Q1: How did you decide to get into the connected device space?
A1: Qoitech started in 2016 as a result of research and development related to 3GPP standardization and emerging 5G signaling requirements. We were looking at the impact of signaling on energy consumption and realized that the tools to do this effectively did not exist outside of what was being used by Sony’s mobile phone division. It became clear that there was a commercial opportunity and we launched Qoitech in June 2017. Our goal was to offer the functionality of expensive power analyzing lab tools at a price that that is affordable to anyone in the stack, even software developers. By making tools more accessible, we aim to gradually begin changing the mindset around the approach to energy optimization.
Q2: How does Qoitech view the challenges around IoT battery technology?
A2: Predicting real life battery usage with a specific connectivity technology is a huge problem. Many people make the mistake of talking about average battery life. If you buy a toy or something for your home, a two-year average life means that some devices will fail at one year and some later. In the IoT space, if half your devices fail before the average period, it will destroy the business model. We are changing the conversation to a focus on minimum battery life; to know with confidence that a device will last for a minimum length of time in the field. Almost no one is thinking like this.
Q3: What do you see in the industry that excites you?
A3: People are beginning to realize that they need to pay attention to battery hygiene factors. IoT is struggling to find the use cases with real value and developing quality products can be a challenge. As more solid use cases are identified, implemented and move to scale, product quality is paramount. You cannot afford to pay for truck rolls to correct problems or you will lose much of the economic value from the project. There is also a very interesting industry movement to small sensors that cannot be easily updated over the air due to bandwidth restrictions of certain connectivity technologies.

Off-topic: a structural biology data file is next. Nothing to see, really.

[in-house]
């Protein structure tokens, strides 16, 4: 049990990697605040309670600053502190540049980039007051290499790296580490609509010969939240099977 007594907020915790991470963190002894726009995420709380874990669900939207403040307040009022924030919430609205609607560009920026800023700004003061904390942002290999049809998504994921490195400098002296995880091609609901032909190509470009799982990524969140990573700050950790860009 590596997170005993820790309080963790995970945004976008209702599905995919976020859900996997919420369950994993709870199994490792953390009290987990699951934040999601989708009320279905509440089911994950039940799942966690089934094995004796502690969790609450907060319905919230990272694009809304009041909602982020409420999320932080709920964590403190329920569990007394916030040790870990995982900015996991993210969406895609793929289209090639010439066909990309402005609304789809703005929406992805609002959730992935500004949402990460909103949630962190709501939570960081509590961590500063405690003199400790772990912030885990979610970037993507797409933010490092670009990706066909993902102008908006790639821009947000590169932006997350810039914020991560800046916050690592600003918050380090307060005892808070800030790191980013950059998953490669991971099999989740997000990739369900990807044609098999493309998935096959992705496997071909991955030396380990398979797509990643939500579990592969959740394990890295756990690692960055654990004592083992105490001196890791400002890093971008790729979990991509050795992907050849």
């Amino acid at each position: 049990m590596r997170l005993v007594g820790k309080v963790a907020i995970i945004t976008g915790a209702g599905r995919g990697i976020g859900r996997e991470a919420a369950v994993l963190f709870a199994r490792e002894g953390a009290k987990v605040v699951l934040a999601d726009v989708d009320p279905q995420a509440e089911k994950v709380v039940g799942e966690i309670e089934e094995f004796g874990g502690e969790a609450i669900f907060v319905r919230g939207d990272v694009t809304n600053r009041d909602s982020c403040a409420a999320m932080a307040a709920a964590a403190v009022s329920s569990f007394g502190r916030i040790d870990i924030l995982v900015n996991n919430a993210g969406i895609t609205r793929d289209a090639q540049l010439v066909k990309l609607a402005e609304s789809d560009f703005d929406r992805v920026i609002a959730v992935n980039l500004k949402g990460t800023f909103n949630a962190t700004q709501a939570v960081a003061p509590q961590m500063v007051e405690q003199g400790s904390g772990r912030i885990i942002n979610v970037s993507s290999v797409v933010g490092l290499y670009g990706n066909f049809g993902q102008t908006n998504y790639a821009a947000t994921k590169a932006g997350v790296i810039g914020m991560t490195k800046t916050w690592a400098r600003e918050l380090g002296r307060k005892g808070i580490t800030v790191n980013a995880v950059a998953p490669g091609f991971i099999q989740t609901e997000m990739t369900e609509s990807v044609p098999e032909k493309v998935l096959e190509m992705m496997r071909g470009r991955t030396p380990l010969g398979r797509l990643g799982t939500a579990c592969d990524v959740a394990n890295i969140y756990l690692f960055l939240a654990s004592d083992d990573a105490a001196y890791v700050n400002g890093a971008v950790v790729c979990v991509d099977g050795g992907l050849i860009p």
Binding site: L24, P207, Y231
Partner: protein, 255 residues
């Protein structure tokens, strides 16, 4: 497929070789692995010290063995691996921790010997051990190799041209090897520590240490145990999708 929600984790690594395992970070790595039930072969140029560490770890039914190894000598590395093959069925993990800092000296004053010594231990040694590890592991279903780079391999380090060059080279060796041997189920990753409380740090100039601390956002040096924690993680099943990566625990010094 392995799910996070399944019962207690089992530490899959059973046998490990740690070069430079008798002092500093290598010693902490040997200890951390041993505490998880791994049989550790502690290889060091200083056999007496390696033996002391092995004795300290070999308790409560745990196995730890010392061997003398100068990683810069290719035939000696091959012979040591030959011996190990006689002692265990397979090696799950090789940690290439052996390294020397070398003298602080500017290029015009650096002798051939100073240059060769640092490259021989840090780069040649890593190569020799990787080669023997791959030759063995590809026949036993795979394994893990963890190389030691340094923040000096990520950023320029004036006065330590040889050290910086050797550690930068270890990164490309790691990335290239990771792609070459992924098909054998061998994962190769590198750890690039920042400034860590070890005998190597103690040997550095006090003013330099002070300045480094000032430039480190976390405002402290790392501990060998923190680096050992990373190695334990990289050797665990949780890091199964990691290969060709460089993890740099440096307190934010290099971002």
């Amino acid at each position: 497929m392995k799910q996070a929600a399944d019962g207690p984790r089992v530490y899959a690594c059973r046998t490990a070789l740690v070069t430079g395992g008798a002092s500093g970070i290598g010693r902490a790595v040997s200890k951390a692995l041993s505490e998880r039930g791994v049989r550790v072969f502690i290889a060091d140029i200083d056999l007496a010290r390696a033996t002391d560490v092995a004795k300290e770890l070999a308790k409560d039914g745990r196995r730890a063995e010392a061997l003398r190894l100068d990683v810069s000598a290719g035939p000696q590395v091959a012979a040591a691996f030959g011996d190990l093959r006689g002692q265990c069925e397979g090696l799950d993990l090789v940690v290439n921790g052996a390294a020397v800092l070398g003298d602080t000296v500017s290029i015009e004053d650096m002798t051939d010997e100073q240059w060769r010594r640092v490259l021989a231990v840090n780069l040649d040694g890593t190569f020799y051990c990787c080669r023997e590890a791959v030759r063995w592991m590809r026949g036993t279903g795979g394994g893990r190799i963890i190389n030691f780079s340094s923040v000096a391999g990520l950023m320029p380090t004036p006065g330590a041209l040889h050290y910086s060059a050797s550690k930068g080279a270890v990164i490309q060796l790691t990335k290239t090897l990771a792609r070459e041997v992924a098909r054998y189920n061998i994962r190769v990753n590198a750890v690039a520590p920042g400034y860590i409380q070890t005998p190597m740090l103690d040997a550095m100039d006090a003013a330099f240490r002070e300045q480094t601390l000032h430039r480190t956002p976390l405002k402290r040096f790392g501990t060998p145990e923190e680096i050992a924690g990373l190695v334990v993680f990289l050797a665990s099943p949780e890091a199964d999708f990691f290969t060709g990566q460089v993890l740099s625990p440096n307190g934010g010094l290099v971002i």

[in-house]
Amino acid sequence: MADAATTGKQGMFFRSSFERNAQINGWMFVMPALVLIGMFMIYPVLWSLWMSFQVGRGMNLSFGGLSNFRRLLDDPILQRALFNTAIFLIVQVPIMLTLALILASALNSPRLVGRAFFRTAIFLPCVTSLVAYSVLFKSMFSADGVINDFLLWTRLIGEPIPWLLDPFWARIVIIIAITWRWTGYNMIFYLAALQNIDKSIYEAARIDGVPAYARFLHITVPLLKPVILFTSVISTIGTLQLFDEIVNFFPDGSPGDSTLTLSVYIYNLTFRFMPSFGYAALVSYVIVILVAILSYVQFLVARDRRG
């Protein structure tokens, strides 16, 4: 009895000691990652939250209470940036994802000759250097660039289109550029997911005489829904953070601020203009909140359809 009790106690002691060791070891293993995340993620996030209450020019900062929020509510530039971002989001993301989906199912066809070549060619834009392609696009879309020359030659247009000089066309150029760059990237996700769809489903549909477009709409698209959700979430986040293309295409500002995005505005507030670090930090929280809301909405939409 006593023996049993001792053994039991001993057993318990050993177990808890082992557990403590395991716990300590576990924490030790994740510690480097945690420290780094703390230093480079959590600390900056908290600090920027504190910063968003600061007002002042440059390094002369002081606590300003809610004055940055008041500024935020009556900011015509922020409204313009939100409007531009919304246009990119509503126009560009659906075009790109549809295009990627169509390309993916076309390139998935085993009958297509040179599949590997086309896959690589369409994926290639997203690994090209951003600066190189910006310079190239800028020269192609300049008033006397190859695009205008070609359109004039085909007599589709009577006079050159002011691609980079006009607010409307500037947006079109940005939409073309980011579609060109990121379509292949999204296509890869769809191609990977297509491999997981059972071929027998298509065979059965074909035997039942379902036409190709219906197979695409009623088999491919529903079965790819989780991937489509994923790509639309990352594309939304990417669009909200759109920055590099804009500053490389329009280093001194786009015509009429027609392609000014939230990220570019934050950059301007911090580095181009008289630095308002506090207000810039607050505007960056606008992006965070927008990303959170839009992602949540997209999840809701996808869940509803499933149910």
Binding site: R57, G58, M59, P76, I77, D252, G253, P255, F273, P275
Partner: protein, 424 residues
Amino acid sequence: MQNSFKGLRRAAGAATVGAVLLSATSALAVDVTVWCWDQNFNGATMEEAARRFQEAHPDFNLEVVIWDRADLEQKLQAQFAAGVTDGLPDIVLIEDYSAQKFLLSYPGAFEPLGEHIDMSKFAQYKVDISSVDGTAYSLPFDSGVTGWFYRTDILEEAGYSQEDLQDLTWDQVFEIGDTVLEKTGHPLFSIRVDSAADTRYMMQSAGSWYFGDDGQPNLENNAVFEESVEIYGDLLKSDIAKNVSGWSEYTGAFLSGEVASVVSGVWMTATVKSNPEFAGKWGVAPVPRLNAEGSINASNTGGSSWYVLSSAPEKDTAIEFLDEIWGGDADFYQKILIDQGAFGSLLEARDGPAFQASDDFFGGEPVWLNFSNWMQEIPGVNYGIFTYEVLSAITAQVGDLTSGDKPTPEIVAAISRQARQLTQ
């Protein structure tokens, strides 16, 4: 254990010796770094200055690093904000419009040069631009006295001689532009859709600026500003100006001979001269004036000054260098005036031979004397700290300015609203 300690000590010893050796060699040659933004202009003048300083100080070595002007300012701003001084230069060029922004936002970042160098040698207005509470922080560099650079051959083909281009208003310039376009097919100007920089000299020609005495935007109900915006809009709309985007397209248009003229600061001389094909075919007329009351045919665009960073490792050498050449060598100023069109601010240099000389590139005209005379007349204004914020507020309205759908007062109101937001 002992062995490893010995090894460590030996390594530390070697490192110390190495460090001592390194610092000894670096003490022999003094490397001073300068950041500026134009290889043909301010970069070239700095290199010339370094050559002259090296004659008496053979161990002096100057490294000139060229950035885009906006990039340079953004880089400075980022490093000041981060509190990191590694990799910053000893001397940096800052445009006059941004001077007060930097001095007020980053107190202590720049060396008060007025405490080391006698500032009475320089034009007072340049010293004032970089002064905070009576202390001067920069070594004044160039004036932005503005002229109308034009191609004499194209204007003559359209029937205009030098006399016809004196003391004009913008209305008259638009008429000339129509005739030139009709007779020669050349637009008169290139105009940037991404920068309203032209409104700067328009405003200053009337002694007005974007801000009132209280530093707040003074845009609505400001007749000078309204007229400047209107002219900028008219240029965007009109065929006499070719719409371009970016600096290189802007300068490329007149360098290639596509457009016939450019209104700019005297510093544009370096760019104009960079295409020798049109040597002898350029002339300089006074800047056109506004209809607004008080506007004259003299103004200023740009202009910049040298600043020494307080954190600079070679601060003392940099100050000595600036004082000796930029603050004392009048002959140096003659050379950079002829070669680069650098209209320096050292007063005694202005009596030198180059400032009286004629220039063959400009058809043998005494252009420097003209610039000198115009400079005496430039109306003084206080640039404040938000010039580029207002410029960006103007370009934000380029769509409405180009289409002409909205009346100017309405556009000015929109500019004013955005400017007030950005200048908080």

Q4: What is the dumbest thing you have seen in the market lately?
A4: Most people think that battery life has nothing to do with software and that it is all about hardware. The two disciplines are viewed as islands rather than an integrated approach to solution development. It only works well when viewed together.
Q5: How do you expect the industry to change over the next year?
A5: Over the next year people will realize that energy in IoT will become more important as you consider the specifics of the use case, environmental requirements, form factor, and cost. All these attributes are very iterative starting with a battery budget. Many of these attributes will change during the product development, and the interaction between these different variables will mature as it becomes an iterative process that is embedded from the beginning to the end of development.
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